But here’s the difference between me now and me when my self-image was like 90% suck: I went anyway. I didn’t talk myself out of it because I was so afraid the potential for being judged negatively outweighed the potential for fun. When I asked myself “What’s the worst that could happen?” the answer was, “Some of [bride’s] friends don’t like me.” Bride would continue to like me anyway, as would another one of our oldest and dearest who would also be in attendance. It seemed highly implausible that all 7 of the other women would find me repulsive, so it was unlikely that I’d get stuck with no one at all to talk to, or that a bunch of grown-ass women, including two of my oldest friends, would gang up on me like a pack of hostile 7th-graders. At the absolute worst, I’d get a polite brush-off from a couple of people I would only have to see one more time in my life. WAIT, THAT’S ALL I’VE BEEN FUCKING FREAKING OUT ABOUT?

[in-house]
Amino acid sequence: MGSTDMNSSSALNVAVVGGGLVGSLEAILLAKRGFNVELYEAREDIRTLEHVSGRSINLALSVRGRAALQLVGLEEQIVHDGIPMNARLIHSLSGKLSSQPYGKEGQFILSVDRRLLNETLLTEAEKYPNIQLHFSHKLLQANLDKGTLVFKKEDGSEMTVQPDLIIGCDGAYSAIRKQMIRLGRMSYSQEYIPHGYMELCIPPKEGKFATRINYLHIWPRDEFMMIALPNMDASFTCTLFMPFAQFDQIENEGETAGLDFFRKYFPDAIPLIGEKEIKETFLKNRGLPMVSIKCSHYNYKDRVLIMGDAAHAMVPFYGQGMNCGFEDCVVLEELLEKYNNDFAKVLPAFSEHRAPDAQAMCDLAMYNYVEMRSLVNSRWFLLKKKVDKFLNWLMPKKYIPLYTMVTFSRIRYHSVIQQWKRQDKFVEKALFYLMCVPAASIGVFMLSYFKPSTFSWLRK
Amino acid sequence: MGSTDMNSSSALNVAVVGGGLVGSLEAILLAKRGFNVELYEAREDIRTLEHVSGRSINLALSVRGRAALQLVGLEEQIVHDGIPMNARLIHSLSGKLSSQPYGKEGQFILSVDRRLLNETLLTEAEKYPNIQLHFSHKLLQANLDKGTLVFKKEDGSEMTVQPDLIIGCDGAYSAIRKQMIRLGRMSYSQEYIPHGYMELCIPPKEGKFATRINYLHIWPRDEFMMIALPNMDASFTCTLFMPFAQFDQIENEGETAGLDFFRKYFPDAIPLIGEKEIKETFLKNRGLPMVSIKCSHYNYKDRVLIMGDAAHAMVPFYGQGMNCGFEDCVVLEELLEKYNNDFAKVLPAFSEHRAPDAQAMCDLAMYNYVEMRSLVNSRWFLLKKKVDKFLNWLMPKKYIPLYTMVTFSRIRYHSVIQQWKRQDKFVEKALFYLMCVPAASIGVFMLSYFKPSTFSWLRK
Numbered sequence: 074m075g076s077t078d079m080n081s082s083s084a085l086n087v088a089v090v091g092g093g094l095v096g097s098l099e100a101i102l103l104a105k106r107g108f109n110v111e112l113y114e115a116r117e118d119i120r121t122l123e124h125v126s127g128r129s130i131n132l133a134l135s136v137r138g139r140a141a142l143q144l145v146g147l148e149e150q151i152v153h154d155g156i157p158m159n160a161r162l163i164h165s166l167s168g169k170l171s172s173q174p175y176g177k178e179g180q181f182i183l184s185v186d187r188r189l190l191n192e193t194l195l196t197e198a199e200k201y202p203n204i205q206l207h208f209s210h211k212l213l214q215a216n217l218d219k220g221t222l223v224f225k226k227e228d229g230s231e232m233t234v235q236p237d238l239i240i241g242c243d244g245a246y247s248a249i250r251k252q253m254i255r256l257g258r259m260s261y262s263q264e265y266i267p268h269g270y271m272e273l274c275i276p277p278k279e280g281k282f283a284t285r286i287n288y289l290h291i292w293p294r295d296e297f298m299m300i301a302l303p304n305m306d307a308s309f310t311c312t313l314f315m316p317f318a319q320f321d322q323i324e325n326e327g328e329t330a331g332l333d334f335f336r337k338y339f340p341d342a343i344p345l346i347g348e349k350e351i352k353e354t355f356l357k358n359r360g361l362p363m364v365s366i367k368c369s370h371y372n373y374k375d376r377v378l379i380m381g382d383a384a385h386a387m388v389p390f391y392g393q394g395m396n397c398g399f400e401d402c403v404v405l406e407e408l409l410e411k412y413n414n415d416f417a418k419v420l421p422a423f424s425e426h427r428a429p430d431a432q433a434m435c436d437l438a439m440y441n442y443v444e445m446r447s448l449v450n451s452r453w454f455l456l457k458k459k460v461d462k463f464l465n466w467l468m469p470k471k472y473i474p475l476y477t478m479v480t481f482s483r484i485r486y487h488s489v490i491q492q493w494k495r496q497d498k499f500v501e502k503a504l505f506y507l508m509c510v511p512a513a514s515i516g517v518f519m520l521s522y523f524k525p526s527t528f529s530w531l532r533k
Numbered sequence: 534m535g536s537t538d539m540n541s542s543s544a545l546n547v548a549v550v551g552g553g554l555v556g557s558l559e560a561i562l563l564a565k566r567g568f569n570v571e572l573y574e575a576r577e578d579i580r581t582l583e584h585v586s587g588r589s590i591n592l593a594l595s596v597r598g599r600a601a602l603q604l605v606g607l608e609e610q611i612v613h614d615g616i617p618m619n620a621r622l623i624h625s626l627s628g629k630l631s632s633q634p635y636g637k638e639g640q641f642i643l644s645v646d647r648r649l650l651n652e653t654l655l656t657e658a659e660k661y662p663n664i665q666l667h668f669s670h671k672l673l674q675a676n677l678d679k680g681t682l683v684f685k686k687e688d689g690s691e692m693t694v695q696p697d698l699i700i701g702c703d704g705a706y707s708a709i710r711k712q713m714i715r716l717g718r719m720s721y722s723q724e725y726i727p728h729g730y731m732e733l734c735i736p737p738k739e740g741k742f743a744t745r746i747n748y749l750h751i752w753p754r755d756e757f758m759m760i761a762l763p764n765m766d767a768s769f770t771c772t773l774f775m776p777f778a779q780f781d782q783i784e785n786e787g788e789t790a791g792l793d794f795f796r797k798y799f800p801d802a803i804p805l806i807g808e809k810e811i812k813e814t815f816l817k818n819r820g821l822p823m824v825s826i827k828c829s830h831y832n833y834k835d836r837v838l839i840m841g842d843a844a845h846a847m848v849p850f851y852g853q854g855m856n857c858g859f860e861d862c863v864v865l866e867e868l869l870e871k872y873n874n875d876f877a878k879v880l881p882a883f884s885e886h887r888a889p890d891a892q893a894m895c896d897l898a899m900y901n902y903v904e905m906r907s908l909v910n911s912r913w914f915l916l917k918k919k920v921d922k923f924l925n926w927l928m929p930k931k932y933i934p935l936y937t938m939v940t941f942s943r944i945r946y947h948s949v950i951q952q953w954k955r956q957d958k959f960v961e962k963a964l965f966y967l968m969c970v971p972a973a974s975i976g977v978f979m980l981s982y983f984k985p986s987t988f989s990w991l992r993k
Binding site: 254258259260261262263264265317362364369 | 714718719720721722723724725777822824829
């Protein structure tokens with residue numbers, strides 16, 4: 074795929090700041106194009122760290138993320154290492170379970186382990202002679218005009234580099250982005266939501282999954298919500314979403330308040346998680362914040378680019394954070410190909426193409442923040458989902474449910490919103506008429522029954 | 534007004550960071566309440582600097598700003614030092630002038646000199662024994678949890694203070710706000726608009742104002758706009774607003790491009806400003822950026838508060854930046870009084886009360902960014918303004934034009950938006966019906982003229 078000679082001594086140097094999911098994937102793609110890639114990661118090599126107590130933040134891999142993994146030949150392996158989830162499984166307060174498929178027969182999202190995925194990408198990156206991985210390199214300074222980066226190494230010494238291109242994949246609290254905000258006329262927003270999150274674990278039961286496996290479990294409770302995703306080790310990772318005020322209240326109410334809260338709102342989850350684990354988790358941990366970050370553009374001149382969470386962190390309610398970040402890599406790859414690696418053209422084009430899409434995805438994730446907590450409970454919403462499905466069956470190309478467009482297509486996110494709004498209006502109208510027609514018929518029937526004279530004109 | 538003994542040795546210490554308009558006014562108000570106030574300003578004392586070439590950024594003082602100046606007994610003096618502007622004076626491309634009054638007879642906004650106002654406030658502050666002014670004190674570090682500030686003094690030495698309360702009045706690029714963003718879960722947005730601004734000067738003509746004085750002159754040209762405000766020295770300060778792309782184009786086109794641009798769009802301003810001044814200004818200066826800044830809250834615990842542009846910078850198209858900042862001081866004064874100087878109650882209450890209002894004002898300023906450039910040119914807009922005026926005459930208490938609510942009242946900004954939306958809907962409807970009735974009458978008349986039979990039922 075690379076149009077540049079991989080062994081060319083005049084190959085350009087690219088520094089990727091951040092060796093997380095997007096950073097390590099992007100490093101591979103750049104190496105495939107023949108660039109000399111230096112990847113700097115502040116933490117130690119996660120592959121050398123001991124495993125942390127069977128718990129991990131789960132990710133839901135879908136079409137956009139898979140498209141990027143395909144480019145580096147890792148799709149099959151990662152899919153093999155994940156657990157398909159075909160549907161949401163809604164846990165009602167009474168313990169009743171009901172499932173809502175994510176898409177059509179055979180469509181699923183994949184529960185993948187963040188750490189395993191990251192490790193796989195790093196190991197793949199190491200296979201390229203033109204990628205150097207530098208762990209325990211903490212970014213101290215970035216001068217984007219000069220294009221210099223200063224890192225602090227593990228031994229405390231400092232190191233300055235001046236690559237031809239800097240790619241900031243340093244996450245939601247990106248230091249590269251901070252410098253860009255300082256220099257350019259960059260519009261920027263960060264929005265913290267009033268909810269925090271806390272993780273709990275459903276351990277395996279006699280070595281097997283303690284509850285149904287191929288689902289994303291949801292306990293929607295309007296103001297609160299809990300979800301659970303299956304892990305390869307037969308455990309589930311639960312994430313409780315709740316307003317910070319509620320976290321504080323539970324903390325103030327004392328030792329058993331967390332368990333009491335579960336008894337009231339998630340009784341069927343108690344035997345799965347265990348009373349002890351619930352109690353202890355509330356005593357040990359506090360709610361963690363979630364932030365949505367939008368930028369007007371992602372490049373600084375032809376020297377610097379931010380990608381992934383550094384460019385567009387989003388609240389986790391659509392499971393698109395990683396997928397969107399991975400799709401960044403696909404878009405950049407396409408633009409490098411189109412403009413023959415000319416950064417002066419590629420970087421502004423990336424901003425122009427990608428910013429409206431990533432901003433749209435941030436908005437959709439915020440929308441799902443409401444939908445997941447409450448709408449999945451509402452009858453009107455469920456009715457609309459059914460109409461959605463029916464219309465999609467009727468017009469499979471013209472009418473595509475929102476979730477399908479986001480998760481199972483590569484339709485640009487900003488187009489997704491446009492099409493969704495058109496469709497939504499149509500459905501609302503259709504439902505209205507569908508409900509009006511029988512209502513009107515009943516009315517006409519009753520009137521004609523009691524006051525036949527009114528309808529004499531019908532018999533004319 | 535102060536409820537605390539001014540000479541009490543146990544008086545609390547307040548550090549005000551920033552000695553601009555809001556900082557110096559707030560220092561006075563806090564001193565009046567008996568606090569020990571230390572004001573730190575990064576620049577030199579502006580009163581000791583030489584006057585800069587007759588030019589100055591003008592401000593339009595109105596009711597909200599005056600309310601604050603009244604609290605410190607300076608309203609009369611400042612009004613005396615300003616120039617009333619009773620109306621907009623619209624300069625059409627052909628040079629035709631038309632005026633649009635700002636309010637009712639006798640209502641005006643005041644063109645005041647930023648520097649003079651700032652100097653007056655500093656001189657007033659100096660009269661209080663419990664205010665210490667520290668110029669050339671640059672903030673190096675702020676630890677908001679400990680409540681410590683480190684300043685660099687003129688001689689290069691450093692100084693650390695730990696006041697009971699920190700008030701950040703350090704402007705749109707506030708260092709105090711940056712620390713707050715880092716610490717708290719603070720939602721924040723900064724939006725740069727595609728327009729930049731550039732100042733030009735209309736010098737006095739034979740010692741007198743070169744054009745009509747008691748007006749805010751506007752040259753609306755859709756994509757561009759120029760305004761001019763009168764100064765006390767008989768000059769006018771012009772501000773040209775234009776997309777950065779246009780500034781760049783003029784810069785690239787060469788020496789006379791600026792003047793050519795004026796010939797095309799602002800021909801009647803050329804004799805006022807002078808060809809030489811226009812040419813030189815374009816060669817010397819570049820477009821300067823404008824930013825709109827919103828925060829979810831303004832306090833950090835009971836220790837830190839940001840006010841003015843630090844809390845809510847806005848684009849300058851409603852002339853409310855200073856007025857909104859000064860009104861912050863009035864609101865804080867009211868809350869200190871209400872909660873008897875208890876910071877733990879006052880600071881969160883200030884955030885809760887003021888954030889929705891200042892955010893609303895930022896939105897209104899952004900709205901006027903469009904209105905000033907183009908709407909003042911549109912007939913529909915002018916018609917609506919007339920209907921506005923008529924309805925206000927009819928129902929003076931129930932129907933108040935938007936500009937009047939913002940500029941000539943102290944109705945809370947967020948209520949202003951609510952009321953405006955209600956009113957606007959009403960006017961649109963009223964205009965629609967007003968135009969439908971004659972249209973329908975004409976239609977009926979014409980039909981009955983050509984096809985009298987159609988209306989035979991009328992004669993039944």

So I went. I went, and I had a blast. What’s more, my very favorite part of the weekend was the part that involved wearing a bathing suit in public. (As it turned out, the day was cooler than expected, so I ended up wearing sweats over my suit most of the time I wasn’t in the pool or hot tub — so much for all the anxiety about finding a sufficiently adorable suit and cover-up combo.) I lovelovelove to be in the water, and I have now learned that I REALLY love to sit in a private cabana and have people come and refill my drink while I’m not in the water. (This is a bittersweet bit of new knowledge, since the likelihood of my ever having access to a free cabana again is about equal to the likelihood that I’ll ever have enough disposable income to just pay for one, i.e., nil.) And of course, I loved all of the bride’s friends I got to talk to for longer than 5 minutes, and I’m sure I would equally love the ones I didn’t. Most of my fears did not come true, and those that did turned out to be irrelevant anyway. (Oh noes! 90 seconds of throwaway diet talk!)